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Wales ‘records hottest day on record’ as temperatures hit 37.1C in Hawarden

18 Jul 2022 4 minute read
Hawarden picture by Gammock (CC BY-SA 4.0).

Wales has provisionally recorded its hottest day on record, according to the Met Office.

The temperature reached 37.1C in Hawarden, Flintshire, on Monday afternoon.

Before this week, the previous highest temperature had been recorded as 35.2C in the same village on August 2 1990.

Earlier today, Gogerddan, near Aberystwyth on the coast of mid-west Wales, also broke the record after it hit 35.3C.

Both temperatures are yet to be fully verified.

The extreme heatwave affecting all parts of the UK has prompted a rare amber weather warning to be issued by the Met Office across Wales.

A red weather warning for heat was issued just over the border in Cheshire, England.

The public have been urged not to travel unless necessary with conditions on public transport expected to be “uncomfortable”.

The speed limit on rail lines has been limited to 90mph, reduced from 125mph, meaning journeys will take longer.

Dangers

People have also been warned to keep pets and livestock cool.

Farmers at the Royal Welsh Show near Builth Wells in Powys, the UK’s biggest agricultural event, are said to be taking measures to care for the around 8,000 animals attending.

Some are even smothering pigs in sun tan lotion, according to a BBC report.

Doctors have warned of a danger to life or potential serious illness from the blistering temperatures.

Recommended precautions include avoiding physical exercise, keeping to the shade and maintaining ventilation, drinking plenty of water and using in-date sun cream.

People have been warned against using rivers and lakes to cool off due to the dangers of swimming in open water.

Climate change

The Met Office was forecasting temperatures could break the existing UK record, of 38.7C, recorded in Cambridge in 2019, on Monday.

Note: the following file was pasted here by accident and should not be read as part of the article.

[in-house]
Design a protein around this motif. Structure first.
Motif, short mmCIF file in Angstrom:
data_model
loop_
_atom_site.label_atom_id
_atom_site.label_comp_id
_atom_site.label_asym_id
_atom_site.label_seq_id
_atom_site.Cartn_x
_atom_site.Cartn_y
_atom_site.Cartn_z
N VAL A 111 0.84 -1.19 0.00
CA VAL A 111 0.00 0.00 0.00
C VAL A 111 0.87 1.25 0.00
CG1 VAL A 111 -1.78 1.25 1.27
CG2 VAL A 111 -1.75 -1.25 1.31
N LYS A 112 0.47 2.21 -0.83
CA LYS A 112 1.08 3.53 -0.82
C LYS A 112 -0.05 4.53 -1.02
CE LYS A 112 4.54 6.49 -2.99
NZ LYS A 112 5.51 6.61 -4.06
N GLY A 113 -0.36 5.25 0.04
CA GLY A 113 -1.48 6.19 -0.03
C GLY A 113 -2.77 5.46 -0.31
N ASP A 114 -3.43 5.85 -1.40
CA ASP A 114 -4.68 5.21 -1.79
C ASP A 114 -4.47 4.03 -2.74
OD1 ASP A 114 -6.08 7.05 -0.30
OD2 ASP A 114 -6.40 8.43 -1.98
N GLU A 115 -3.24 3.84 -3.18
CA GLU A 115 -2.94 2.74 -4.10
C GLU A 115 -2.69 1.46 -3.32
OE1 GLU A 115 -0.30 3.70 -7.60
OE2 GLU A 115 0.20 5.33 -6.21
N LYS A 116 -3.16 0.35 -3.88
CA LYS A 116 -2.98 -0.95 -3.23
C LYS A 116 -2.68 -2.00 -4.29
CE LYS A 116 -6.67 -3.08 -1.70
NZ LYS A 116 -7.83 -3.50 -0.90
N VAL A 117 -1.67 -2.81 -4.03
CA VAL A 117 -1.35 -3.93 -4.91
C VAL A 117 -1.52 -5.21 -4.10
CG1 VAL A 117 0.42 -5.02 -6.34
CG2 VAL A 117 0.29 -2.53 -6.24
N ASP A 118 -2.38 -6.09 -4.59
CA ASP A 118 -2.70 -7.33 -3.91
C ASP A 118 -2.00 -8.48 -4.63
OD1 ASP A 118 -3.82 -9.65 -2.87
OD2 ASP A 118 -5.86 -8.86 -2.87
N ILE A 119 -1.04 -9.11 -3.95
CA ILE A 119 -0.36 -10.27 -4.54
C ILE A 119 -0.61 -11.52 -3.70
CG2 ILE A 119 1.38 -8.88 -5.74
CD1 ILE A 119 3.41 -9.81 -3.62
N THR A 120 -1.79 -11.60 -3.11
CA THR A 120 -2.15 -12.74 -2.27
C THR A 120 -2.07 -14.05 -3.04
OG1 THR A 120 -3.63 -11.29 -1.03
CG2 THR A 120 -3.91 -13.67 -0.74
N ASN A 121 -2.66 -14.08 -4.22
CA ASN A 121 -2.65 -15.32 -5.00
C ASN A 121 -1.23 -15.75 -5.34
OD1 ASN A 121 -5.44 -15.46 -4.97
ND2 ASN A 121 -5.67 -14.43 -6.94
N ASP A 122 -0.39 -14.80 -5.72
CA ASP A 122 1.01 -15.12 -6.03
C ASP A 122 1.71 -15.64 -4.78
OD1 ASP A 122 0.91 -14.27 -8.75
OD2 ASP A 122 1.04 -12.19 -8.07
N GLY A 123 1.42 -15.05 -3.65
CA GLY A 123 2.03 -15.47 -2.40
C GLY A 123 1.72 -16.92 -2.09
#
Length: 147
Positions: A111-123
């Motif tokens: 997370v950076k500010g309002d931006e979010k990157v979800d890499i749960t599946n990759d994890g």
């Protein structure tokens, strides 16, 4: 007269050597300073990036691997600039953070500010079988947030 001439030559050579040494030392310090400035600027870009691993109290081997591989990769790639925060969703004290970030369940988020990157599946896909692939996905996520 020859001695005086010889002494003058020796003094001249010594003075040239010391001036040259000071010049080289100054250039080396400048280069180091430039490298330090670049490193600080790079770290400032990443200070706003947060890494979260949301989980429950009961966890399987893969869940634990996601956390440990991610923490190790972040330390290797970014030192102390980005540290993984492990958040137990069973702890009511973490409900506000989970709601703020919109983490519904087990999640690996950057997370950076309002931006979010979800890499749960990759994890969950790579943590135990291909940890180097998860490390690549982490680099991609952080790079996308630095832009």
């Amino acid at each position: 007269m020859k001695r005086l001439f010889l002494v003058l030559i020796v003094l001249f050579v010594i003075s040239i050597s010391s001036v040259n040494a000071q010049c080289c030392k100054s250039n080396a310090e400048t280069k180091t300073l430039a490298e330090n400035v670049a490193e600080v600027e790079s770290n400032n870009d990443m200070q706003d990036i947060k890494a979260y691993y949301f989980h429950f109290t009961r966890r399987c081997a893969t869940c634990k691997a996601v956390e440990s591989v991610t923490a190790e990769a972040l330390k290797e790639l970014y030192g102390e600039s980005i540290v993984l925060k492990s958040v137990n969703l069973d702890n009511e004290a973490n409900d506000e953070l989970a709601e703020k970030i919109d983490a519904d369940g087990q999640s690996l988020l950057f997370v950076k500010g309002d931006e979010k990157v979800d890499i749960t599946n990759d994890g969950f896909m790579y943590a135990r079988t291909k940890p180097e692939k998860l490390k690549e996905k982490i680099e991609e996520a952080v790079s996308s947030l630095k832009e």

Or it will almost certainly fall on Tuesday, when temperatures could reach a “crazy” 41C in Yorkshire and Lincolnshire.

Met Office meteorologist Luke Miall said: “For a good part of eastern Wales, and England and southern Scotland, we’re looking at the 30s if not the high 30s.”

He said: “I’ve been a qualified meteorologist for 10 years, and telling people about 41C in the UK doesn’t seem real.

“It’s crazy how we are talking about these sorts of values, I’ve never seen the models coming up with these values.

“It’s been quite an eye-opener to climate change with all these temperatures in the UK.”

On Tuesday, Scotland is expected to see its hottest day on record.

The Met Office is also warning that temperatures overnight into Tuesday are holding up in the low to mid 20s in some places, and it looks likely to be the warmest night on record in the UK.

Climate change, which has pushed up global temperatures by 1.2C on pre-industrial levels, is making heatwaves longer, more intense and more likely.

Experts have warned of the need to adapt homes, cities and infrastructure in the UK for a future of more intense summer heat.

Hot air from Europe is contributing to the extreme heat in Britain, with a searing heatwave baking much of the continent, fuelling fierce wildfires in France and Spain.

The UK Health Security Agency has issued a level 4 heat-health alert – described as an “emergency” – and the UK is under its first red extreme heat warning for a large part of England, issued by the Met Office.

Britons are being urged to stay inside during the hottest period of the day, between 11am and 4pm, and wear sun cream, a hat, stay in the shade and keep hydrated with water – and there are warnings about swimming in lakes, rivers and reservoirs.

The family of Robert Hattersley, 13, of Crawcrook, who died following an incident in the River Tyne near Ovingham in Northumberland, paid tribute to the teenager, saying he “brought a smile to so many people’s faces and he will be missed by absolutely everyone who knew and loved him”.

A 16-year-old boy died after getting into difficulty in Bray Lake, near Maidenhead, Berkshire, Thames Valley Police said, while the body of a 50-year-old man was recovered from Ardsley Reservoir, between Leeds and Wakefield, on Sunday.


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Mab Meirion
Mab Meirion
29 days ago

It was 36 degrees on the Mawddach so I’m told…

SundanceKid
SundanceKid
28 days ago

Costa del Cymru

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